Despite prominent billing, Toni Collette and Merritt Wever are both absent for the first hour-long episode of Unbelievable, Netflix’s latest limited series that centres itself around a serial rapist and the duo of hardened detectives that investigate. Instead, Kaitlyn Dever, as arguably the series’ most sympathetic character, earns our attention as Marie, a troubled teen who learns all too well the distrust against women that comes far too easily from men in positions of power.
An adaptation of a duo of investigative journalism pieces (An Unbelievable Story of Rape and Anatomy of Doubt) under the penmanship of Susannah Grant (Erin Brockovich, Party of Five), Unbelievable begins as something of an unraveling for Marie as she recounts, countless times, the hours-long assault she experienced in the early hours of the morning at the hands of a rapist, an unknown figure who claims that she is his first victim; director Lisa Cholodenko wisely only visualises the briefest of glimpses of the attack itself.
From the earliest stages of the investigation, Marie’s immediately a figure of suspicion for the officers on hand, Detectives Parker and Pruitt (Eric Lange and Bill Fagerbakke, respectively), who appear determined to more so poke holes in her story than to seek the truth; Marie being a former foster child who has been passed around the system for the better half of her life seems to automatically flag her reliability as questionable.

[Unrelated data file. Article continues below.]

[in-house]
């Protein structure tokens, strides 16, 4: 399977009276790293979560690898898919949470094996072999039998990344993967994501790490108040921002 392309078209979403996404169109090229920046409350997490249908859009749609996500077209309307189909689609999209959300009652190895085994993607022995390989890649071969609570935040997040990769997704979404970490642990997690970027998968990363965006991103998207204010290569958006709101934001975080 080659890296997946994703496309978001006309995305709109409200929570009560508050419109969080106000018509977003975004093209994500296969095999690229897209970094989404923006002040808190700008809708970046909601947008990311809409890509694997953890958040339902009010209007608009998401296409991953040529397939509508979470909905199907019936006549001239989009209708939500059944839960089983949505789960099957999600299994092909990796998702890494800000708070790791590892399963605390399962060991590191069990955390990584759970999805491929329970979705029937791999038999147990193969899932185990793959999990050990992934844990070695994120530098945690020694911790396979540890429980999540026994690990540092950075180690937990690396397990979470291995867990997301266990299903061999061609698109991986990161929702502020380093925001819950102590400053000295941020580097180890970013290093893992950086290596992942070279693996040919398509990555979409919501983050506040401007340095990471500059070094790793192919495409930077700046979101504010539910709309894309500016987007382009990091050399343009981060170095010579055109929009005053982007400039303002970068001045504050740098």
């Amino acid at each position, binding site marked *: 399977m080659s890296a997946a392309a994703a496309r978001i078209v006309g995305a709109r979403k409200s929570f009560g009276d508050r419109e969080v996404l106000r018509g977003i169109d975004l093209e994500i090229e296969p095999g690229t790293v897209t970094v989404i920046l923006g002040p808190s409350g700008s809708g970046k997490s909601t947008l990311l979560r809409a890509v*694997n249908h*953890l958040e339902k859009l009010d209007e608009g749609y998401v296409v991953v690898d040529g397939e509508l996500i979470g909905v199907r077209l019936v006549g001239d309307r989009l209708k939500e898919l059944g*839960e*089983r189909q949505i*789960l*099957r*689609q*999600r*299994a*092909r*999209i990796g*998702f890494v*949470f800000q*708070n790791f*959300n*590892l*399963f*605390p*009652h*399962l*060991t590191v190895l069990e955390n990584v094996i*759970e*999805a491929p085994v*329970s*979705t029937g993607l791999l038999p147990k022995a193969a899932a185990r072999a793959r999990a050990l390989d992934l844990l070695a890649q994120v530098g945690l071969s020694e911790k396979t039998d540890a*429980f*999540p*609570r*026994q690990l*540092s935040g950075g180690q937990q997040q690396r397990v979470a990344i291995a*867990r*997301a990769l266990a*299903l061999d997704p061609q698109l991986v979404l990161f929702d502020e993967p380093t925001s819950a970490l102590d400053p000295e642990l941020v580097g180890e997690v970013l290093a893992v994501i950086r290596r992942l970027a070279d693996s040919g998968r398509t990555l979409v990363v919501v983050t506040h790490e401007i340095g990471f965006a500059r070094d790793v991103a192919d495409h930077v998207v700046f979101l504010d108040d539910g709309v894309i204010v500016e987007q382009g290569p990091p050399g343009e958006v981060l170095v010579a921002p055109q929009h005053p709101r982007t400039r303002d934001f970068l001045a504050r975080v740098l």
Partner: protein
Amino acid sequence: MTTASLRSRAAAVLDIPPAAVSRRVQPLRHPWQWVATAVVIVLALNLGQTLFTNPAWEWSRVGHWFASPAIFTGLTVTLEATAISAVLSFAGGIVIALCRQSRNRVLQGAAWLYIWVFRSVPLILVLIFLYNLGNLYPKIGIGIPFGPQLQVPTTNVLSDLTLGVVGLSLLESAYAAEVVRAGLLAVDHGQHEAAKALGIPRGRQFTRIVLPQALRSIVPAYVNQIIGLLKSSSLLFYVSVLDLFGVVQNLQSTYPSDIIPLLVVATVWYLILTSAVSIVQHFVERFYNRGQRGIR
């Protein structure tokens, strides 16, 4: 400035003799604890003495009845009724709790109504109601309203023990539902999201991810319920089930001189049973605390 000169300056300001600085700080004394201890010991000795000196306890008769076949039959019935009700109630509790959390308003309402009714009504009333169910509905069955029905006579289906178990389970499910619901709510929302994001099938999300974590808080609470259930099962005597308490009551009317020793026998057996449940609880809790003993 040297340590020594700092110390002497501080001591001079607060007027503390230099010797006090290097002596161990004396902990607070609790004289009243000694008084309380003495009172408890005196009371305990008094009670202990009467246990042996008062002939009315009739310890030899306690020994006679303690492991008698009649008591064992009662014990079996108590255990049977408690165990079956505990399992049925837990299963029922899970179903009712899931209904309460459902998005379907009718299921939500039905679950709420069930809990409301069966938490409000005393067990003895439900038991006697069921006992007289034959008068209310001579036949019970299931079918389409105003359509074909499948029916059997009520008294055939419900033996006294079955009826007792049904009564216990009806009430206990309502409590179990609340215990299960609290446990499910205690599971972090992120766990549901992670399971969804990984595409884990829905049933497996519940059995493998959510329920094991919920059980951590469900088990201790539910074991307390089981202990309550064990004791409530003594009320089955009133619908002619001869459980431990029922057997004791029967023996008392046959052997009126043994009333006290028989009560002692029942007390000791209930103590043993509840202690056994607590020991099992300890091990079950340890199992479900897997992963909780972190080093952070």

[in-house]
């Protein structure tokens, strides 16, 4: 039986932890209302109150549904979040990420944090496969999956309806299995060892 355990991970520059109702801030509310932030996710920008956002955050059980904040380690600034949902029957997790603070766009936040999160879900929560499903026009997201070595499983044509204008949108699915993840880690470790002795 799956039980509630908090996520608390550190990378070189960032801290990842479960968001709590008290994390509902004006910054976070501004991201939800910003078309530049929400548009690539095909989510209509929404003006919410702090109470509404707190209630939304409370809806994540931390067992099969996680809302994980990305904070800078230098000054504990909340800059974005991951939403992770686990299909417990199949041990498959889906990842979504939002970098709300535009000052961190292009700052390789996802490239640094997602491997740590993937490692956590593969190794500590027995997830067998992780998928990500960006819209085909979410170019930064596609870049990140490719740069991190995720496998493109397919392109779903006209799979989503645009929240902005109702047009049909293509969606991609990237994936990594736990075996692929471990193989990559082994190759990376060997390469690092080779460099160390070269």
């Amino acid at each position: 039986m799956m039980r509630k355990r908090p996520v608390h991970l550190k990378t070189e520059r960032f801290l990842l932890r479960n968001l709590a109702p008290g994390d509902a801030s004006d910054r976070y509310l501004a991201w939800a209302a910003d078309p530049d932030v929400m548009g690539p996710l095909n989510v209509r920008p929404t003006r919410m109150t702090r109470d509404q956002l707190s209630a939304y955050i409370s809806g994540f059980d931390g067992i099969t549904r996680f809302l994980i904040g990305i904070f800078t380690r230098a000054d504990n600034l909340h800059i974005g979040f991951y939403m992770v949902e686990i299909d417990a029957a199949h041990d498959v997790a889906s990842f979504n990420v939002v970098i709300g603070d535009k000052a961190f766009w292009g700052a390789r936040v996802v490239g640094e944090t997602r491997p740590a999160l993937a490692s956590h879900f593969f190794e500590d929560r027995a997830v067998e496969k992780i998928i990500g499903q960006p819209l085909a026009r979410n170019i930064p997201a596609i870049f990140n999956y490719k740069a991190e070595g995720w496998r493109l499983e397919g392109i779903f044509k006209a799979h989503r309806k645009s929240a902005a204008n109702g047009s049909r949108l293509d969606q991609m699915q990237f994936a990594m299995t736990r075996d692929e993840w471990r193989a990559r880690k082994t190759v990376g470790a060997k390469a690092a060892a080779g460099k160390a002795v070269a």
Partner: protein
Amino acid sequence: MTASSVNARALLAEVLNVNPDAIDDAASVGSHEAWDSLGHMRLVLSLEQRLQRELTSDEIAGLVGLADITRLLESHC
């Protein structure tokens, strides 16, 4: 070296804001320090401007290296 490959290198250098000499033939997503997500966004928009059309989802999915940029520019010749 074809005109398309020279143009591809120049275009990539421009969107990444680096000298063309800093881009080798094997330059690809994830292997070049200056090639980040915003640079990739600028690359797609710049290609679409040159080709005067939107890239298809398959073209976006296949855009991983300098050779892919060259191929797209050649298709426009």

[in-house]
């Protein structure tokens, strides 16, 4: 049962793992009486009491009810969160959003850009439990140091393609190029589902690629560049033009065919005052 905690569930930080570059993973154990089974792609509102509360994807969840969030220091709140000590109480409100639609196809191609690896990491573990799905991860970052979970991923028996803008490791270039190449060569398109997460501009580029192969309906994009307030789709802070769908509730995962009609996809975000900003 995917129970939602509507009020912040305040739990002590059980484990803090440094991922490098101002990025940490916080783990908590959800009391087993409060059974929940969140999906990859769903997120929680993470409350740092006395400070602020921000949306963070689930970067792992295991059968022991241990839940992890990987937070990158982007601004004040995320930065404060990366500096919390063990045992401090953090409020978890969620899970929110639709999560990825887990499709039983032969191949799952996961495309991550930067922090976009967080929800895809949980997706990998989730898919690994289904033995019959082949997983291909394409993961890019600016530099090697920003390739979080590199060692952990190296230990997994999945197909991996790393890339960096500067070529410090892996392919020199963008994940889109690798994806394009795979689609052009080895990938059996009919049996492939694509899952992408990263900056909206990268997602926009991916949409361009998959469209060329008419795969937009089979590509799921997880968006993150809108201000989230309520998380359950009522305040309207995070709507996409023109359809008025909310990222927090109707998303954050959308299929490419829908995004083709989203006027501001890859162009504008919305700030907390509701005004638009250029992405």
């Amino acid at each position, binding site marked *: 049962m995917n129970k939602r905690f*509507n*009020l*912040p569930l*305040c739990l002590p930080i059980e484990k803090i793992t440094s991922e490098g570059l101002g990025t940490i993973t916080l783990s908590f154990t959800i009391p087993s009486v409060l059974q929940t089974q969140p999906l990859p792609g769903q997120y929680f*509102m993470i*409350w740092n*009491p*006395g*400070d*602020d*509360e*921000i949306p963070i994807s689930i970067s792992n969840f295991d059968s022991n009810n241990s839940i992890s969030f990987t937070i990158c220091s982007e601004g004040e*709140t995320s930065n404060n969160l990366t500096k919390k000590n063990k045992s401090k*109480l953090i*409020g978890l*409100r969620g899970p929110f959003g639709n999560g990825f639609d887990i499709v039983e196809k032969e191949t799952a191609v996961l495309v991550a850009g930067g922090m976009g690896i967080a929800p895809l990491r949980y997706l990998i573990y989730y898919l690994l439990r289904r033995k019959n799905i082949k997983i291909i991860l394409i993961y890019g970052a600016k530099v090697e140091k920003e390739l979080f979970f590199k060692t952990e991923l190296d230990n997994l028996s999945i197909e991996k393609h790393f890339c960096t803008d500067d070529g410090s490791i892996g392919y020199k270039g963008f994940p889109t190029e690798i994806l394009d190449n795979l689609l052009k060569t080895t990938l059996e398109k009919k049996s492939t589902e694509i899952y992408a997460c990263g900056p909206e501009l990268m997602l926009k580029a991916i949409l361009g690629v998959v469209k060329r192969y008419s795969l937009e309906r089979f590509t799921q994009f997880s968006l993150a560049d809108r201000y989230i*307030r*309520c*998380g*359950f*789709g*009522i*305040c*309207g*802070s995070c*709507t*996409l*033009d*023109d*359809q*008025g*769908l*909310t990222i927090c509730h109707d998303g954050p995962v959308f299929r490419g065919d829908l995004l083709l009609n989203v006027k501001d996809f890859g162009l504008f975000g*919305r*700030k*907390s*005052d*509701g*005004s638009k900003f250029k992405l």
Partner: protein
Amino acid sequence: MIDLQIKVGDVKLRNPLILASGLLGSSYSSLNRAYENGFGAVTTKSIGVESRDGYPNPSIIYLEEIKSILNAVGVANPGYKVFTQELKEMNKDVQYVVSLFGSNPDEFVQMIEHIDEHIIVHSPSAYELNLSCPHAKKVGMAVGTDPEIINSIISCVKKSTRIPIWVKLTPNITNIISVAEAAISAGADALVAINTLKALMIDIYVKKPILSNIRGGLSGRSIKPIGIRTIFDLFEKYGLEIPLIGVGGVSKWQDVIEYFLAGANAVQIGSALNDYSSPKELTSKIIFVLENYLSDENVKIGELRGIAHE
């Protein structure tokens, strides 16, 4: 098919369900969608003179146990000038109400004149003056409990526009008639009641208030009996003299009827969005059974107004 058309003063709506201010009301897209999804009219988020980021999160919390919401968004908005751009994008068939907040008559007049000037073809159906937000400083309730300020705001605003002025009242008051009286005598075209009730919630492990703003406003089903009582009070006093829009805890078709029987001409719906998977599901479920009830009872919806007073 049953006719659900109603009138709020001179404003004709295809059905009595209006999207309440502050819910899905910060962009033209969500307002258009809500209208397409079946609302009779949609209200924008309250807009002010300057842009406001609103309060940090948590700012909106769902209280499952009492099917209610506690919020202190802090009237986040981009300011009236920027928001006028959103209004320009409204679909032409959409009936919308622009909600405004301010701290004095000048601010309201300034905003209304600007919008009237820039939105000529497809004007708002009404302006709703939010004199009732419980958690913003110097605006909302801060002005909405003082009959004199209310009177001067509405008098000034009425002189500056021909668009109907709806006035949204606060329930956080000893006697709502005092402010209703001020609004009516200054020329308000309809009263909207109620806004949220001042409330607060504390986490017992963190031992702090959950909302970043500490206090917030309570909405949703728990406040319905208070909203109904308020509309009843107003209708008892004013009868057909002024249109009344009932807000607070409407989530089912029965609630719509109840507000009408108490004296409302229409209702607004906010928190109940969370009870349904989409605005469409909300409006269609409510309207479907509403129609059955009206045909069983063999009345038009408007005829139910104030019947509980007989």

As Marie becomes more and more flustered recounting her story, Parker and Pruitt coerce an admittance of a false statement, spiraling Marie’s narrative and leading us as an audience to question, however momentarily, the validity of her memory. When Collette and Wever enter the frame – Collette as the hard-nosed Grace Rasmussen, Wever as the more softened Karen Duvall – Unbelievable adopts more of a thriller temperament, balancing the parallel plot strands of Marie’s life undoing itself off the back-end of her “faux” rape case in 2008 and Rasmussen and Duvall pooling their resources together (at first rather begrudgingly) in 2011 as they chase a rapist whose M.O mimics that of Marie’s attacker.
What could’ve easily been a standard crime show that romanticises the bond between the cat and the mouse, Unbelievable wisely puts the victims front and centre. It’s their pain that we feel, and we want nothing more than for them to be avenged and, unlike fellow Netflix streamer 13 Reasons Why, Unbelievable showcases no sapidity in highlighting a victim’s pain.
Whilst the “man do bad, women do good” generalisation seems like a mentality Unbelievable will adopt, the show avoids this type of bias point of view, as both Rasmussen and Duvall make their own mistakes in their attempts to narrow down the attacker’s identity and the male detectives so sure of Marie’s guilt aren’t painted in strict villainous strokes, just two men under blind spots believing they’re upholding the system. It’s a show where the only true depiction of evil is the man who has violated Marie, and for its 8-episode run this occasionally emotionally manipulative but consistently engaging drama stays true to the sensitivity of the case at its core whilst maintaining its entertainment value.
FOUR STARS (OUT OF FIVE)
Unbelievable is available to stream on Netflix from September 13th.